If you are injured in a workplace accident and are unable to work, you are probably entitled to workers’ compensation benefits.
Depending on the circumstances of your injury, the severity of your injury, how it affects your ability to work, and your doctor’s diagnosis, the type of workers’ comp benefits you receive will be different.
Temporary total disability
If you have suffered a work-related injury and your doctor determines that you are unable to work, or are recovering after surgery and cannot work during recovery, you may qualify for temporary total disability. Once you have recovered sufficiently and your doctor decides you can return to work and your condition has reached “maximum medical improvement,” the workers’ comp benefits will be concluded.
Temporary partial disability
If your employer finds another job that you are able to perform and your doctor determines that this is appropriate for your health, you would not receive temporary total disability. You may be entitled to temporary partial disability benefits if you return to work in a job that is modified or lighter than usual at less than full pay. In a situation like this, workers’ compensation law requires these benefits be paid to you.
Permanent partial disability
If your injury affects your ability to perform your particular job, or if you are still able to work but are unable to perform certain tasks, it is very likely that you are entitled to permanent partial disability benefits.
Permanent total disability
If you are unable to work in any capacity or return to your job after your injury, you will usually be entitled to permanent total disability benefits. Permanent total disability benefits are weekly payments or a lump sum that you receive from your employer and insurer because you are unable to work due to your workplace injury. These payments will be issued on a weekly basis for the remainder of your life (unless you negotiate a lump sum payment). These cases can become complicated if you are permanently disabled due to the combination of a workplace injury and other disabilities that you had prior to your work injury. In this instance, your employer would probably only be responsible for paying you permanent partial disability benefits. In order to receive additional payments, you must file a claim for compensation against the Second Injury Fund for permanent total disability payments.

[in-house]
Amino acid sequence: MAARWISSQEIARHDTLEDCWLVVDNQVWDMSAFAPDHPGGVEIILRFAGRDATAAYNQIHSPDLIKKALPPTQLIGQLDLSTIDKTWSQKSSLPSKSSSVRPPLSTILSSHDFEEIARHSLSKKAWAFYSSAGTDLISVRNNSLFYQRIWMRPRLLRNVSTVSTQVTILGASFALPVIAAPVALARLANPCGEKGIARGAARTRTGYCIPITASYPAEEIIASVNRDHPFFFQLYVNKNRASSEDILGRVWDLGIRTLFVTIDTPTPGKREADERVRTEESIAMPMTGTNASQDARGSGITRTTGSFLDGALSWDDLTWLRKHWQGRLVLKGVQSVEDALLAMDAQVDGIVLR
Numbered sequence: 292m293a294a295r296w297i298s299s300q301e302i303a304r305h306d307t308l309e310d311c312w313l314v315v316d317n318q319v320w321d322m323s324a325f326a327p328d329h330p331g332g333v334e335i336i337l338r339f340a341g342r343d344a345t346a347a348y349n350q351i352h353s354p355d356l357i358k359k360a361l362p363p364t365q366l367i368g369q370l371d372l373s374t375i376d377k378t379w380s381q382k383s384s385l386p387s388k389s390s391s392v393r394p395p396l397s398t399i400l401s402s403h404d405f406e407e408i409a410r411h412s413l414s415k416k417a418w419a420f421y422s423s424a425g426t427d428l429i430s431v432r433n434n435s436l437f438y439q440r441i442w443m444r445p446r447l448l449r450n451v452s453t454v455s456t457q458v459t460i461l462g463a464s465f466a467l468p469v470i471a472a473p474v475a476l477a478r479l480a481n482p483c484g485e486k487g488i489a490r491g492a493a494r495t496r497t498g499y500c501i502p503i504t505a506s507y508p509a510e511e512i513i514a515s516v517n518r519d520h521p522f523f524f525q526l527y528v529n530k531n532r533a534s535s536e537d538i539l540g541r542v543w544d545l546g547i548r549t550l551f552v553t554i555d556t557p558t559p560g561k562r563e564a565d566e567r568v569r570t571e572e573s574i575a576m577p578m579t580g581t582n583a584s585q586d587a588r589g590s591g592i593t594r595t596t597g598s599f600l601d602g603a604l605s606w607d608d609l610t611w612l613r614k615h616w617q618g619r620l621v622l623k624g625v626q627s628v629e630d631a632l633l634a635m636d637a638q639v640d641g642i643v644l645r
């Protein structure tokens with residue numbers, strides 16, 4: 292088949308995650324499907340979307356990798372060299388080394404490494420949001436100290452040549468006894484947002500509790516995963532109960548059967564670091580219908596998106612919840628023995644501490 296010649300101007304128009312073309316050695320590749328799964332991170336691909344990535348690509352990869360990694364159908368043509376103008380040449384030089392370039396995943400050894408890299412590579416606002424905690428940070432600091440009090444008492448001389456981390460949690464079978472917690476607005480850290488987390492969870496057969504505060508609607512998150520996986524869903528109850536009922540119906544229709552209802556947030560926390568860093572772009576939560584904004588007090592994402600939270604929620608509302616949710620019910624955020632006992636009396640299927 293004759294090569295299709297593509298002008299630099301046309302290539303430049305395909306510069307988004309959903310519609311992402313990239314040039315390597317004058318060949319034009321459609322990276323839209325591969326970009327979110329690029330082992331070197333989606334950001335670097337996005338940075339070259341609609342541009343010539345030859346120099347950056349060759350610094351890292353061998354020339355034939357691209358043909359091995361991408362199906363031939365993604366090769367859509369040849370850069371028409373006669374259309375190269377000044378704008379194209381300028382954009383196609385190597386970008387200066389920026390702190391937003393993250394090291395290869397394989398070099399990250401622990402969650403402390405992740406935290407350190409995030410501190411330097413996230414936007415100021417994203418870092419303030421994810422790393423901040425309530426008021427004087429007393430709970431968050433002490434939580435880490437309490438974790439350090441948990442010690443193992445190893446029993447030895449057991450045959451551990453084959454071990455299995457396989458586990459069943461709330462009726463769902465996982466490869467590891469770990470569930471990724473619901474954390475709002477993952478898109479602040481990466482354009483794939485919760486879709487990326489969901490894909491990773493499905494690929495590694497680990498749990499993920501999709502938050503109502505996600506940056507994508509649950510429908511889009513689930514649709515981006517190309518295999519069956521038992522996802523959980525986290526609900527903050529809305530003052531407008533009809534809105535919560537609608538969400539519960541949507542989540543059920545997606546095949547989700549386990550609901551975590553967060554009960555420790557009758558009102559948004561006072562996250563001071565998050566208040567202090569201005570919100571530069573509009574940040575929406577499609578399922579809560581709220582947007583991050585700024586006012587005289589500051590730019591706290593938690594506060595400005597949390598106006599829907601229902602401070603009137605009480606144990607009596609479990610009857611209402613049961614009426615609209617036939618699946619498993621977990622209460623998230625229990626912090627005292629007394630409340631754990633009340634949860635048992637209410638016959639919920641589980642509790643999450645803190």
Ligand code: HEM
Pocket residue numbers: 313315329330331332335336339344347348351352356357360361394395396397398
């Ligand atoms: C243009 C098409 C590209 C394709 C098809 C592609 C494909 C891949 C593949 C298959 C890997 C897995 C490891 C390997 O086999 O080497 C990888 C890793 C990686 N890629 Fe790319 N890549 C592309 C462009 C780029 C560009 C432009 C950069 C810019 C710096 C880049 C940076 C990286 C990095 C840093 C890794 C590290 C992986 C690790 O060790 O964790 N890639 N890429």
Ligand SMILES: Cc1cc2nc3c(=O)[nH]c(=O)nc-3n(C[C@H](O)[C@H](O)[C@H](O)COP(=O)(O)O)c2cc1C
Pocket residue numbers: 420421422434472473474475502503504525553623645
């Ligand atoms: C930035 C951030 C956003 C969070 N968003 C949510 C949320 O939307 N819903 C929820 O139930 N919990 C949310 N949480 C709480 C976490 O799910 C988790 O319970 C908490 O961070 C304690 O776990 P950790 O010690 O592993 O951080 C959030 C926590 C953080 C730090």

Before workers’ comp benefits are paid to workers who are unable to perform their jobs, there is a three business day waiting period. But if the period of time you are unable to work is longer than 14 days, you will usually be compensated for that three day waiting period. Also, note that workers’ comp payments are tax free. You should contact your employer’s insurance company if you do not receive your disability payments in a timely manner or if you begin receiving bills. The insurance company should be covering your medical expenses.
Missouri Workers’ Compensation Lawyers
If you have not received benefits, are having trouble with a claim, or have questions about filing a workers’ comp claim, contact the Law Office of James M. Hoffmann. For more than 20 years we have been working to insure that the rights of injured Missouri workers are protected.